I was reading through the book of Acts recently, and I saw something very interesting in chapter 16. Paul and Silas were falsely accused and thrown into jail. How would you handle that? What would those around you think of your response to being beaten, falsely accused and thrown in jail? And, not just that, they were chained in stocks.
In the natural, outside of the grace of God, I would be screaming, "I am innocent!" I would be terrified, and it would be apparent to everyone around me that I was terrified—just by my actions. But Paul and Silas had a very unnatural response to this great injustice. "At midnight Paul and Silas were praying and singing hymns to God, and the prisoners were listening to them" (Acts 16:25).
First, we see that at midnight they were full of Holy Spirit and worshiping. That, in and of itself, is amazing. They were just beaten with rods, after being stripped of their clothes, and yet, they were focused on the mission and on the man, Yeshua. Like the apostles before them, they "rejoic[ed] that they were counted worthy to suffer shame for His name (Acts 5:41)
But look at the end of Acts 16:25: "and the [other] prisoners were listening to them." Yes, beloved, you are being watched! Unbelievers want to see how you, as a believer, react to trials and tribulations. They want to see if you really practice what you preach.
These were criminals. Imagine what they thought when they heard the rabbi and his prophetic friend worshipping God after their beating. They didn't know if it was real, but they were sure convinced that these two fellows thought it was real. And then, there is an earthquake.
Suddenly there was such a violent earthquake that the foundations of the prison were shaken. At once all the prison doors flew open, and everyone's chains came loose. The jailer woke up, and when he saw the prison doors open, he drew his sword and was about to kill himself because he thought the prisoners had escaped. But Paul shouted, "Don't harm yourself! We are all here!" (Acts 16:26-28)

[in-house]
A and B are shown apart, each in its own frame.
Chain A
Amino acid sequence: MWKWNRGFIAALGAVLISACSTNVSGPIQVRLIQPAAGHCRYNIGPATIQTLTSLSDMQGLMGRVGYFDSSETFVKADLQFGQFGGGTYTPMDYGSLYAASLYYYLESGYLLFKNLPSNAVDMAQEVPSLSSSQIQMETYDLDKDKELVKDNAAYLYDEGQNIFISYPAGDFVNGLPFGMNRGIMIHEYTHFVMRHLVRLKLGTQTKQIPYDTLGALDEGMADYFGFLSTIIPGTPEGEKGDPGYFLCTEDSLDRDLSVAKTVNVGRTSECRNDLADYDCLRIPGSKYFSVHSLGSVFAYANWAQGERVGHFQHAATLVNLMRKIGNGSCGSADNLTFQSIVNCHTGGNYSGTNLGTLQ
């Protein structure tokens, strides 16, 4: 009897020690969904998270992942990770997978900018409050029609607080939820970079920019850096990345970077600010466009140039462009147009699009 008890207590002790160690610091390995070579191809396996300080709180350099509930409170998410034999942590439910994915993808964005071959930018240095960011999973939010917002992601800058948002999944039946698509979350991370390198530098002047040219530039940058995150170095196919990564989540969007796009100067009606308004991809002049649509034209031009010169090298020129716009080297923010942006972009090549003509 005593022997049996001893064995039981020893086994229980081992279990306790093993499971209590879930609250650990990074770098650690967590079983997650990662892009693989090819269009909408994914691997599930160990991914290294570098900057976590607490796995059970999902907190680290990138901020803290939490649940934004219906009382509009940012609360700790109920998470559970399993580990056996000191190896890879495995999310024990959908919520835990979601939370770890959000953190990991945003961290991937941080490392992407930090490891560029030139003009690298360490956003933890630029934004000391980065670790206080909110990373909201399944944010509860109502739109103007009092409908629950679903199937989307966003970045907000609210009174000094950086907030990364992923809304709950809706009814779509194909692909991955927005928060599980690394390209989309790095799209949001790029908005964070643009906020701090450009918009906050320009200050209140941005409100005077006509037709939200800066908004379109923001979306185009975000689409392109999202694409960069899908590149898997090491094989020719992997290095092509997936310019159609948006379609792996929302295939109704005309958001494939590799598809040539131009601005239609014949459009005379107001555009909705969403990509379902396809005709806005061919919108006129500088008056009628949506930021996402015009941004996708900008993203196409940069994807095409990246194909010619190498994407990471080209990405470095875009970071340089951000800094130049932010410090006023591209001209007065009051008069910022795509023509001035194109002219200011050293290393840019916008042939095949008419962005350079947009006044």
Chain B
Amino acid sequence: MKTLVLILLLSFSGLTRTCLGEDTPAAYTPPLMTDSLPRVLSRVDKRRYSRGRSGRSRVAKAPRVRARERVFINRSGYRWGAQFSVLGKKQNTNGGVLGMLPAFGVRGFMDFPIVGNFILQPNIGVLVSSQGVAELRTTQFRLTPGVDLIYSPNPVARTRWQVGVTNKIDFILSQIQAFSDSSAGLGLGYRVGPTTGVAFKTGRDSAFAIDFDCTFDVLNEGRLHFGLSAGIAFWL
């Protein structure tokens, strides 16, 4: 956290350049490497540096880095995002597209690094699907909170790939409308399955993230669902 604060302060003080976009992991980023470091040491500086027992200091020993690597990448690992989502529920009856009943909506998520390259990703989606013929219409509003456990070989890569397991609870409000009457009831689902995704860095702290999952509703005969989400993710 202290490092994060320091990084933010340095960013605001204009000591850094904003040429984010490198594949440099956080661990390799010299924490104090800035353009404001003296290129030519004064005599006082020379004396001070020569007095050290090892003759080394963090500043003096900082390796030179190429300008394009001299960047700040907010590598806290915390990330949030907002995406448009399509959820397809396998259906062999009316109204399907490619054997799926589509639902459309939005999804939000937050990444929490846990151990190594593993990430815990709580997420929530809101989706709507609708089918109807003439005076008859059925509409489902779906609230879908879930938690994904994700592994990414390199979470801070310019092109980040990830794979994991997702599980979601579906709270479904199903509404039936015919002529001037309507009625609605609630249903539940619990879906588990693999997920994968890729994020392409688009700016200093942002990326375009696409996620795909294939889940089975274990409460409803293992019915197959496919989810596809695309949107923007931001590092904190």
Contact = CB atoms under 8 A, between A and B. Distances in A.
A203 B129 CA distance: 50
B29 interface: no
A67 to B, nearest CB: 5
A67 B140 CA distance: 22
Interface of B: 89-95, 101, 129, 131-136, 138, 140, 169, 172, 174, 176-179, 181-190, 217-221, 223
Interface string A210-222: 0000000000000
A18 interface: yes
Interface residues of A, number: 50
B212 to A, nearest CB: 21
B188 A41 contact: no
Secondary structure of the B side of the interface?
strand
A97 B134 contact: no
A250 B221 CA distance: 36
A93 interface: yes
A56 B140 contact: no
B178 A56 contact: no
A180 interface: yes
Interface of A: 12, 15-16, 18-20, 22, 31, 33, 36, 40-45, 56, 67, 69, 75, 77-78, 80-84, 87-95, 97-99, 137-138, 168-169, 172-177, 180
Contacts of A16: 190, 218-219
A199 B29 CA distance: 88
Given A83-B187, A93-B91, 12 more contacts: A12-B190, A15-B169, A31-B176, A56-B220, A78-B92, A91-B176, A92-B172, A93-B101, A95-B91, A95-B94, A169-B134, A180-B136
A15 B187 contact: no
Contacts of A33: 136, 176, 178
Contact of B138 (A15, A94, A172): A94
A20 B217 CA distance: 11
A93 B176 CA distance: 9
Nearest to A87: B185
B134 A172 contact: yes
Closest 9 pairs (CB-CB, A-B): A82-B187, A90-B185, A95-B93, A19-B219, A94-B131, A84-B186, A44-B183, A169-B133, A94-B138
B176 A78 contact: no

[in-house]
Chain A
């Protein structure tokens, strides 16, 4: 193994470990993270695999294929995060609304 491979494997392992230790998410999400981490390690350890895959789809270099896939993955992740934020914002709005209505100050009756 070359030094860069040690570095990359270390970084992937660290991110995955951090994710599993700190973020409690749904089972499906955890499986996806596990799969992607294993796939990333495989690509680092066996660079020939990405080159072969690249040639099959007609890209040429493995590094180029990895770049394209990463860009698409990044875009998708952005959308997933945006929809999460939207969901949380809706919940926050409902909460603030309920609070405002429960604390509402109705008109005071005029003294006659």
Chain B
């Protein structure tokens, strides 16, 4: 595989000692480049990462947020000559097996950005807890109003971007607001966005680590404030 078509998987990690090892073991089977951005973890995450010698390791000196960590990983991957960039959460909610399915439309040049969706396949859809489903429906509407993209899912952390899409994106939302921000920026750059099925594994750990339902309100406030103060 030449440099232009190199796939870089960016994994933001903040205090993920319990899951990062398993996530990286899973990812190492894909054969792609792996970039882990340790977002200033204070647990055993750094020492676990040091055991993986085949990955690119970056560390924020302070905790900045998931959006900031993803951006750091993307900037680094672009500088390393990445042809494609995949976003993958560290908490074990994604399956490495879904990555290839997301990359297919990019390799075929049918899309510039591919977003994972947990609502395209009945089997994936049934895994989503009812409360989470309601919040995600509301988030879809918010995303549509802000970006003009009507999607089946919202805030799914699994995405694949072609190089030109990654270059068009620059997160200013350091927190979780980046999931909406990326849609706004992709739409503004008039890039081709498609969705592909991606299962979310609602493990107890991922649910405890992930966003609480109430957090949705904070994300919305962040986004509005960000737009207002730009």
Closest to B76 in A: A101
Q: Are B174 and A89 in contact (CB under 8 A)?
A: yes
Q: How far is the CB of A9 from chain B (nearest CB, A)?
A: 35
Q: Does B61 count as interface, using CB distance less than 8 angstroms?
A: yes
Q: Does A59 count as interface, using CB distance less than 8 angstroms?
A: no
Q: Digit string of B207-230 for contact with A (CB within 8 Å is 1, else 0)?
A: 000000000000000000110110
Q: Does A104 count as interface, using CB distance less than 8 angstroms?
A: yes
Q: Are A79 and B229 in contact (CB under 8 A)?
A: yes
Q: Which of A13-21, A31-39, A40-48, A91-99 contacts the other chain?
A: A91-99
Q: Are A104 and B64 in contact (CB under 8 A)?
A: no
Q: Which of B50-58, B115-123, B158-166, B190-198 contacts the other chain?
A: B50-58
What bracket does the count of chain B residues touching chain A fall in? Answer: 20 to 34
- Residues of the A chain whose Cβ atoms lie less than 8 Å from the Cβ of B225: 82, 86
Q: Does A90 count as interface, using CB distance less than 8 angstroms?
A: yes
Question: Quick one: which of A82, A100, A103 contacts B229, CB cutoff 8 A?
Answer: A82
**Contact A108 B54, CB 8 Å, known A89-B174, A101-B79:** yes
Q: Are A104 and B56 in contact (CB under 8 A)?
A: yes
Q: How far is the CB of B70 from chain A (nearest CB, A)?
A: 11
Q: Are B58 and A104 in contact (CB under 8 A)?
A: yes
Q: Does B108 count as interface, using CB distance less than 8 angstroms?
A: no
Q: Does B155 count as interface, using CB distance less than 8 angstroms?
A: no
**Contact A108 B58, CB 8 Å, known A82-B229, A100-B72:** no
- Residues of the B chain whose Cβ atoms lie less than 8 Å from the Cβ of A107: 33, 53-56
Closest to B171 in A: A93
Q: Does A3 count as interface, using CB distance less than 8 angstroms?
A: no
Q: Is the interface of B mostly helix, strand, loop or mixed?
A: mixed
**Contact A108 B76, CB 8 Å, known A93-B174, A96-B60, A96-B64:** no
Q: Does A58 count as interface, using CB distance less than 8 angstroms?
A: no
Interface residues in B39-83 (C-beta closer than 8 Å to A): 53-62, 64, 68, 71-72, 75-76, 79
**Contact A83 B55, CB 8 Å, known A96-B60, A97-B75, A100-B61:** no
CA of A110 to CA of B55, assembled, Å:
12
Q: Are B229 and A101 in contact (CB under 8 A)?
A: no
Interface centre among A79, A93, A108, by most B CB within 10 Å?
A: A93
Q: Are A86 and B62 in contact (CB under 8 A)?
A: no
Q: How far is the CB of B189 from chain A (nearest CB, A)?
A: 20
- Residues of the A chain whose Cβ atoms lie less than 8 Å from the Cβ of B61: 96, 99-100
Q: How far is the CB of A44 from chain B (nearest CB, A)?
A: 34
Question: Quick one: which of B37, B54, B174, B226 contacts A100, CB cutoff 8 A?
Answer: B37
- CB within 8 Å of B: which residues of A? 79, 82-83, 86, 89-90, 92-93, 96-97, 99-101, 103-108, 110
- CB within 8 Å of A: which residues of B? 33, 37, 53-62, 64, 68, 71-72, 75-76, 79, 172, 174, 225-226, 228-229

Isn't it interesting that none of the prisoners ran away? If you are a prisoner and, suddenly, you are freed, your first instinct is to run! I have never seen a TV show where the freed prisoner didn't run. But these prisoners were more interested in hearing from Paul and Silas than they were in running. Freedom in Jesus just became more important than freedom from chains.
'Woe Is Me'
But imagine how different this scenario would have been if Paul and Silas had been in their cells, moaning and crying from the pain. I have, at times, given up on life—over not being able to find my car keys, much less being persecuted. In fact, it reminds of when I was arrested after blocking an abortion clinic in the early 90s. The police put me in plastic cuffs and, because of a bracelet I was wearing, it cut off circulation in my hand, not to mention it was really painful.
On the way to the police station in a school bus, I asked the policeman to loosen the handcuffs, explaining that they were too tight. I can't remember his exact words, but they were something akin to, "What did you expect when you got arrested?" He looked at me as weak—a soft suburbanite who expected special treatment. I was embarrassed. Yes, I was being watched—and I failed.
But I've learned much since that time. Sadly, there are so many who are willing to speak of the glory of God to unbelievers, and then, the minute trouble comes, they collapse. As Proverbs says, "If you faint in the day of adversity, your strength is small" (Prov. 25:10).
We can be proactive and prepare for times of trouble. We can choose now to be like Paul and Silas who, in the midst of their trial, worshipped God at midnight. No one cares how happy we are when times are good, but they are watching to see how we react in difficulty. How we react can be the difference between heaven and hell for those watching.
Those prisoners could have run, but they stayed to hear about Paul's God. The fear of God came upon them as God answered Paul and Silas with an earthquake. God, help me to react like Paul and Silas in times of trouble. You never know when God is about to answer—so don't give up!
Ron Cantor is an Israeli evangelist. He blogs at messiahsmandate.org, and you can get his book, The Coming End-Time Awakening free at roncantor.com. Ron is on the leadership team of Tiferet Yeshua Congregation in Tel Aviv and is also the director of communications for Tikkun Global. He is the author of several books, including Identity Theft: How Jesus Was Robbed of His Jewishness.
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